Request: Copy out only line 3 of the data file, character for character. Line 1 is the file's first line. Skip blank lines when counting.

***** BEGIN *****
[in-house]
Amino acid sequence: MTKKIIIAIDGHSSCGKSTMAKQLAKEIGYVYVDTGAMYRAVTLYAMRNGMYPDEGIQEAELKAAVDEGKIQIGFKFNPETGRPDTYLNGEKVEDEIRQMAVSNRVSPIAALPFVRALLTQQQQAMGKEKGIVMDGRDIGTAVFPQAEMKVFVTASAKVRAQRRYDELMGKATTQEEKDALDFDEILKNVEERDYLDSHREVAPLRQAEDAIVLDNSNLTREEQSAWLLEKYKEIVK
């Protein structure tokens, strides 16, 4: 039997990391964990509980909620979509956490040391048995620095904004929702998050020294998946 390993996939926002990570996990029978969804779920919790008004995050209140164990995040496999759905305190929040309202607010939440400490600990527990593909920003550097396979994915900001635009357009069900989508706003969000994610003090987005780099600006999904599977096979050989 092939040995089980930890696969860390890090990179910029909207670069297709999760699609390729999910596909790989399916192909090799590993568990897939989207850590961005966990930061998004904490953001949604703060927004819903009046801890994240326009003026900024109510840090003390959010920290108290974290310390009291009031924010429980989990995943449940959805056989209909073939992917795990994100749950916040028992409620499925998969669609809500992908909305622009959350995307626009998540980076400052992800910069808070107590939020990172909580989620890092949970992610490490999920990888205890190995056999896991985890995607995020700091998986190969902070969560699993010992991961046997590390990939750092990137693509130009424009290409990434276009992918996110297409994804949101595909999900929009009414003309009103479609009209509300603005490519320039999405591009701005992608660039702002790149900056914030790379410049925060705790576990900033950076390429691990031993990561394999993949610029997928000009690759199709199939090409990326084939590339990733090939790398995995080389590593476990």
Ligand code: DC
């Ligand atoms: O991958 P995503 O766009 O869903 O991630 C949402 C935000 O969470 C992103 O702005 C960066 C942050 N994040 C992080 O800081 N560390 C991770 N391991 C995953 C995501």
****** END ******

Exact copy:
């Protein structure tokens, strides 16, 4: 039997990391964990509980909620979509956490040391048995620095904004929702998050020294998946 390993996939926002990570996990029978969804779920919790008004995050209140164990995040496999759905305190929040309202607010939440400490600990527990593909920003550097396979994915900001635009357009069900989508706003969000994610003090987005780099600006999904599977096979050989 092939040995089980930890696969860390890090990179910029909207670069297709999760699609390729999910596909790989399916192909090799590993568990897939989207850590961005966990930061998004904490953001949604703060927004819903009046801890994240326009003026900024109510840090003390959010920290108290974290310390009291009031924010429980989990995943449940959805056989209909073939992917795990994100749950916040028992409620499925998969669609809500992908909305622009959350995307626009998540980076400052992800910069808070107590939020990172909580989620890092949970992610490490999920990888205890190995056999896991985890995607995020700091998986190969902070969560699993010992991961046997590390990939750092990137693509130009424009290409990434276009992918996110297409994804949101595909999900929009009414003309009103479609009209509300603005490519320039999405591009701005992608660039702002790149900056914030790379410049925060705790576990900033950076390429691990031993990561394999993949610029997928000009690759199709199939090409990326084939590339990733090939790398995995080389590593476990």